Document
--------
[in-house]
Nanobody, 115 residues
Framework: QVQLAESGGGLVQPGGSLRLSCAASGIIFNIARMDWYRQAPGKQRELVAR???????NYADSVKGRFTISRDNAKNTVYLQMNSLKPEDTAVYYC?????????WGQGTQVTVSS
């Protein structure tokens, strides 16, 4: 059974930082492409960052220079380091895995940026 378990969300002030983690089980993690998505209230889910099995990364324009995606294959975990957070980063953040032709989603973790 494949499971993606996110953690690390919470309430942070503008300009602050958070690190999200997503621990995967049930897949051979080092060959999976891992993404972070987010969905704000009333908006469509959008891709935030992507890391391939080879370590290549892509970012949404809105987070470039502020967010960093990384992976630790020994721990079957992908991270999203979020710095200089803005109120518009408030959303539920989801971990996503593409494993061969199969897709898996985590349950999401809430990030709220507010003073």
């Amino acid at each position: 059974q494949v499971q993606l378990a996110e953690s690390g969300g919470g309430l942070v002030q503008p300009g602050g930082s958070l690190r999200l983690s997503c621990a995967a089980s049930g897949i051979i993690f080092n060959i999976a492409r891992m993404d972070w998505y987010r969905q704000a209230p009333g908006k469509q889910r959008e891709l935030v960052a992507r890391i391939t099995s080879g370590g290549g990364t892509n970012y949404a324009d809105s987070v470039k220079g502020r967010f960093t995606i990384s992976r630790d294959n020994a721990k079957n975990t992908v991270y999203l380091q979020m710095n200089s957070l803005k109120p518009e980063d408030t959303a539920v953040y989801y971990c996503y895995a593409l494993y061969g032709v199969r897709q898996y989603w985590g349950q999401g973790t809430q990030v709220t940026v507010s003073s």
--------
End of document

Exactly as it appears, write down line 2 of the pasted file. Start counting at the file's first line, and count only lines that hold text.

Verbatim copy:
Nanobody, 115 residues